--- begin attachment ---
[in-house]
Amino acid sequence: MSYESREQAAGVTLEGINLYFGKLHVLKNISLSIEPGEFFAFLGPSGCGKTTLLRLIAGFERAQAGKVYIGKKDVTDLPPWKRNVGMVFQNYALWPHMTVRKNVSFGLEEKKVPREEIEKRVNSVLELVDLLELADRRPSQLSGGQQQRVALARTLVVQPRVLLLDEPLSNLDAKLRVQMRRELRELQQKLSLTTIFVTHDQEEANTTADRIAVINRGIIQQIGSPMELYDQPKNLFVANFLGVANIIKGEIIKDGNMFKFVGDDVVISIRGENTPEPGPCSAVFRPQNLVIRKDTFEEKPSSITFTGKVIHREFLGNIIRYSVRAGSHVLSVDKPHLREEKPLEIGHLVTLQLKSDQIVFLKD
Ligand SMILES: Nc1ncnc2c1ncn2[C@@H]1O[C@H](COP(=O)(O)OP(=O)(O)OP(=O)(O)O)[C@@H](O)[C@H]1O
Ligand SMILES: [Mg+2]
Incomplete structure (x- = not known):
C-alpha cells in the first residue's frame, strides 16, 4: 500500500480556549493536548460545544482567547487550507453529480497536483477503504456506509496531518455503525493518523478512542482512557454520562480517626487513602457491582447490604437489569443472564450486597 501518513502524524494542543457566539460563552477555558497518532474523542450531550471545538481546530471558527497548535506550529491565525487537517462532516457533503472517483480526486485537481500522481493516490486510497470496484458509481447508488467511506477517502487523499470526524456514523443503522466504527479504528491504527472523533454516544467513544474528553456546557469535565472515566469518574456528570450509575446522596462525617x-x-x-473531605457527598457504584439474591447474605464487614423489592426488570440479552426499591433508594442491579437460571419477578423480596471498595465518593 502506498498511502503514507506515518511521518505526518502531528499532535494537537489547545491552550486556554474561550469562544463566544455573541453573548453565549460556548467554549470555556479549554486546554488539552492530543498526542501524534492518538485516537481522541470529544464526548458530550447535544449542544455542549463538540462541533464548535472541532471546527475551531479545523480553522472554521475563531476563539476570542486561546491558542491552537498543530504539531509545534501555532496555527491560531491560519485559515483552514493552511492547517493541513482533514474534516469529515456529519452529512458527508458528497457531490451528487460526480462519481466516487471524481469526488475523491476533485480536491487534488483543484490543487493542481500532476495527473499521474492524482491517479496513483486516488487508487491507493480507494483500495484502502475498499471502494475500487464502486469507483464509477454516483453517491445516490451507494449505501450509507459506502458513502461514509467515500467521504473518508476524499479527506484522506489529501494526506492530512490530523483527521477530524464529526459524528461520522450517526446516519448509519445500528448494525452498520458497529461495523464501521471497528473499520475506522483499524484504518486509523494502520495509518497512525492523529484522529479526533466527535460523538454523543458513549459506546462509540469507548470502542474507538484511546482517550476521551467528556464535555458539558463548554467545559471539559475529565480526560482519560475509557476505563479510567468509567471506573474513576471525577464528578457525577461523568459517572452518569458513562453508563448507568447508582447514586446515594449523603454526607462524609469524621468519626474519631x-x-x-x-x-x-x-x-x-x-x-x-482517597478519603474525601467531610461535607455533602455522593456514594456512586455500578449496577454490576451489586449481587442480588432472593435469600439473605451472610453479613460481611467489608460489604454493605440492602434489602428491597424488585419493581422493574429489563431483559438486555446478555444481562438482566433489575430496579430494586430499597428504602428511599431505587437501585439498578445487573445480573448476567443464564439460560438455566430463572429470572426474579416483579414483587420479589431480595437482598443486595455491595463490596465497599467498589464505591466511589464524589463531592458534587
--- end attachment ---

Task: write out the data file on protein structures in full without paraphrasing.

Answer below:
[in-house]
Amino acid sequence: MSYESREQAAGVTLEGINLYFGKLHVLKNISLSIEPGEFFAFLGPSGCGKTTLLRLIAGFERAQAGKVYIGKKDVTDLPPWKRNVGMVFQNYALWPHMTVRKNVSFGLEEKKVPREEIEKRVNSVLELVDLLELADRRPSQLSGGQQQRVALARTLVVQPRVLLLDEPLSNLDAKLRVQMRRELRELQQKLSLTTIFVTHDQEEANTTADRIAVINRGIIQQIGSPMELYDQPKNLFVANFLGVANIIKGEIIKDGNMFKFVGDDVVISIRGENTPEPGPCSAVFRPQNLVIRKDTFEEKPSSITFTGKVIHREFLGNIIRYSVRAGSHVLSVDKPHLREEKPLEIGHLVTLQLKSDQIVFLKD
Ligand SMILES: Nc1ncnc2c1ncn2[C@@H]1O[C@H](COP(=O)(O)OP(=O)(O)OP(=O)(O)O)[C@@H](O)[C@H]1O
Ligand SMILES: [Mg+2]
Incomplete structure (x- = not known):
C-alpha cells in the first residue's frame, strides 16, 4: 500500500480556549493536548460545544482567547487550507453529480497536483477503504456506509496531518455503525493518523478512542482512557454520562480517626487513602457491582447490604437489569443472564450486597 501518513502524524494542543457566539460563552477555558497518532474523542450531550471545538481546530471558527497548535506550529491565525487537517462532516457533503472517483480526486485537481500522481493516490486510497470496484458509481447508488467511506477517502487523499470526524456514523443503522466504527479504528491504527472523533454516544467513544474528553456546557469535565472515566469518574456528570450509575446522596462525617x-x-x-473531605457527598457504584439474591447474605464487614423489592426488570440479552426499591433508594442491579437460571419477578423480596471498595465518593 502506498498511502503514507506515518511521518505526518502531528499532535494537537489547545491552550486556554474561550469562544463566544455573541453573548453565549460556548467554549470555556479549554486546554488539552492530543498526542501524534492518538485516537481522541470529544464526548458530550447535544449542544455542549463538540462541533464548535472541532471546527475551531479545523480553522472554521475563531476563539476570542486561546491558542491552537498543530504539531509545534501555532496555527491560531491560519485559515483552514493552511492547517493541513482533514474534516469529515456529519452529512458527508458528497457531490451528487460526480462519481466516487471524481469526488475523491476533485480536491487534488483543484490543487493542481500532476495527473499521474492524482491517479496513483486516488487508487491507493480507494483500495484502502475498499471502494475500487464502486469507483464509477454516483453517491445516490451507494449505501450509507459506502458513502461514509467515500467521504473518508476524499479527506484522506489529501494526506492530512490530523483527521477530524464529526459524528461520522450517526446516519448509519445500528448494525452498520458497529461495523464501521471497528473499520475506522483499524484504518486509523494502520495509518497512525492523529484522529479526533466527535460523538454523543458513549459506546462509540469507548470502542474507538484511546482517550476521551467528556464535555458539558463548554467545559471539559475529565480526560482519560475509557476505563479510567468509567471506573474513576471525577464528578457525577461523568459517572452518569458513562453508563448507568447508582447514586446515594449523603454526607462524609469524621468519626474519631x-x-x-x-x-x-x-x-x-x-x-x-482517597478519603474525601467531610461535607455533602455522593456514594456512586455500578449496577454490576451489586449481587442480588432472593435469600439473605451472610453479613460481611467489608460489604454493605440492602434489602428491597424488585419493581422493574429489563431483559438486555446478555444481562438482566433489575430496579430494586430499597428504602428511599431505587437501585439498578445487573445480573448476567443464564439460560438455566430463572429470572426474579416483579414483587420479589431480595437482598443486595455491595463490596465497599467498589464505591466511589464524589463531592458534587